Picmonic describing biostatistics for healthcare students studying epidemiology.

Biostatistics in Epidemiology [Picmonic]

There’s a Picmonic for That!: Biostatistics in Epidemiology

Biostatistics is an often dreaded, underestimated topic when studying epidemiology. Evaluating, utilizing, and implementing the appropriate statistical equations takes time, practice, and thorough understanding. This skill will be important to master in order to ace preclinical exams, clinical rotations, and licensing exams. Luckily, there’s a Picmonic for that!

Biostatistics is an often dreaded, underestimated topic when studying epidemiology.

Sensitivity and specificity are statistical measures that indicate how well a test can measure the presence of a specific disease. 

Ideally, a perfect test or predictor would be 100% sensitive and 100% specific, meaning that the test would predict all people from the sick group as sick and exclude anyone from the healthy group as sick. However, for any test, there is usually a trade-off between these measures. 

Sensitivity relates to the test’s ability to identify positive results. It is the proportion of people known to have the disease and who test positive for it. The formula for identifying sensitivity equals the number of true positives divided by the (number of true positives + number of false negatives). A test with high sensitivity is often a reliable indicator of ruling out a disease because a negative result can reliably be assumed to be true.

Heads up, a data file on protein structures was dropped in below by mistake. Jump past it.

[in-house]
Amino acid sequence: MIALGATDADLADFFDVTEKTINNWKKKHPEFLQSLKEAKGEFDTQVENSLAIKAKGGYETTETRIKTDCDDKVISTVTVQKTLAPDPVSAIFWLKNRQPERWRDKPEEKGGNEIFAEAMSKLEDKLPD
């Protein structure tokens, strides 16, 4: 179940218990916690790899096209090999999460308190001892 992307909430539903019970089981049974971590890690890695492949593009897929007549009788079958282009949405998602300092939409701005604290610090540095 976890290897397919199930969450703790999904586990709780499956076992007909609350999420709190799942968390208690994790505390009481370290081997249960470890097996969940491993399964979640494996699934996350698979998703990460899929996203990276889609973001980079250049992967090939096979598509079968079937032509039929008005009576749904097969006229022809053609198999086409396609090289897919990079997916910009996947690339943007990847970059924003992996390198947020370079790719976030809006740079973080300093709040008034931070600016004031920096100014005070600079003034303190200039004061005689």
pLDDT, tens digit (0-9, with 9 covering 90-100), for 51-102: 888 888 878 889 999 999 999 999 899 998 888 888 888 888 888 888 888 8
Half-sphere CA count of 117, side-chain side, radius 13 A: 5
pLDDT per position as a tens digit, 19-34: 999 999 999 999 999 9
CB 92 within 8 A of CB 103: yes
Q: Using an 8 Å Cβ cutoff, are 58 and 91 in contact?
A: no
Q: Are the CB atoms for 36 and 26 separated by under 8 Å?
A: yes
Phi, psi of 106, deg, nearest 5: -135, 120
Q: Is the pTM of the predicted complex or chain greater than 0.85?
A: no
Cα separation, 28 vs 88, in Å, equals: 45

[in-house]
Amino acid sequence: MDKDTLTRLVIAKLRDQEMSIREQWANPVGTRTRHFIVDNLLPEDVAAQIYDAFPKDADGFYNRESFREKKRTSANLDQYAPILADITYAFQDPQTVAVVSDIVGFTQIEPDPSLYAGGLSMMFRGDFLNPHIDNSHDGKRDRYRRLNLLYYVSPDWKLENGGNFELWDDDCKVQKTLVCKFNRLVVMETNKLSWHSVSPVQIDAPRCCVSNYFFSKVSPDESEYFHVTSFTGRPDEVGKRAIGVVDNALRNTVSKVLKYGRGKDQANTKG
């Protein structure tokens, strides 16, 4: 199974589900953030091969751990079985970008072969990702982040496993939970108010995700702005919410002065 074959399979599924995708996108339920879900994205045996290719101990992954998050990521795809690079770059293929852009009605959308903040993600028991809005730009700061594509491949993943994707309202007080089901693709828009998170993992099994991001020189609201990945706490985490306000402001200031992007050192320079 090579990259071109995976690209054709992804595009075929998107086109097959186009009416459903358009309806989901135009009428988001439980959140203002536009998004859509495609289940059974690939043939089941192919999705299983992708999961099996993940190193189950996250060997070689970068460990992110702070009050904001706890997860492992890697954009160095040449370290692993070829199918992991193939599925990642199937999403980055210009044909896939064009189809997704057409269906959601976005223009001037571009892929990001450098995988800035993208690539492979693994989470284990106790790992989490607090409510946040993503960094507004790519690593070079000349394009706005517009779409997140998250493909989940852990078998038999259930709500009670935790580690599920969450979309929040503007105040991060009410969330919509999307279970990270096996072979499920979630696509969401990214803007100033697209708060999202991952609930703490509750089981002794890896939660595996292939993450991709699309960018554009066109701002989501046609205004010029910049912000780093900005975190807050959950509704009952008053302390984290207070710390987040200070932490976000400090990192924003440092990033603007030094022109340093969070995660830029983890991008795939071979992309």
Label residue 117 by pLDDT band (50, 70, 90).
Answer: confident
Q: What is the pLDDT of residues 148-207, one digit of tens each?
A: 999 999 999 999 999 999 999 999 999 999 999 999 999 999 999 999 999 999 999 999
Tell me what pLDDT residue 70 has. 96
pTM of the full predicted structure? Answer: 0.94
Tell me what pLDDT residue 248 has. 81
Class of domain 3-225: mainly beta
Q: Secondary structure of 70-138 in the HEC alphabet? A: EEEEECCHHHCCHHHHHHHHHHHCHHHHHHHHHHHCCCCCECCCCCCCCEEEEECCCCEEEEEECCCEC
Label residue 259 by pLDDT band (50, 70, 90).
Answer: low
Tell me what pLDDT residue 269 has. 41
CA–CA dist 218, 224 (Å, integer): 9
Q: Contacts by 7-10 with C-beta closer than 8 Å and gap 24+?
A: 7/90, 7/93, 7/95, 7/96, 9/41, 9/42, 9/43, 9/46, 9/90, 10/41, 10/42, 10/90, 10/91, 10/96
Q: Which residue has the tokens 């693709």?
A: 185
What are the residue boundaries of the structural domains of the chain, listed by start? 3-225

An easy way to remember this is remembering the word “SN OUT” meaning sensitivity is used to “rule OUT” disease. Because a test with high sensitivity rarely misses true positives among those who are actually positive, it is often used as a screening test to ensure that all people with the disease are identified. However, tests with high sensitivity can create false positives, meaning patients that do not have the disease may have a positive test result.

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Key Facts About Biostatistic Sensitivity

Rules Out

Picmonic Hint: SNOUT for (sensitivity) SN rules OUT

A test with high sensitivity is often a reliable indicator of ruling out disease because a negative result can reliably be assumed to be true. An easy way to remember this is remembering the word “SN OUT” meaning sensitivity is used to “rule OUT” disease.

Screening Test

Picmonic Hint: Screen

Because a test with high sensitivity rarely misses true positives among those who are actually positive, it is often used as a screening test to ensure that all people with the disease are identified. However, tests with high sensitivity can create false positives, meaning patients that do not have the disease may have a positive test result.

TP / (FN+TP)

Picmonic Hint: Toilet-paper on the top and Fan and Toilet-paper on the bottom

The formula for identifying sensitivity equals the number of true positives divided by the (number of true positives + number of false negatives).


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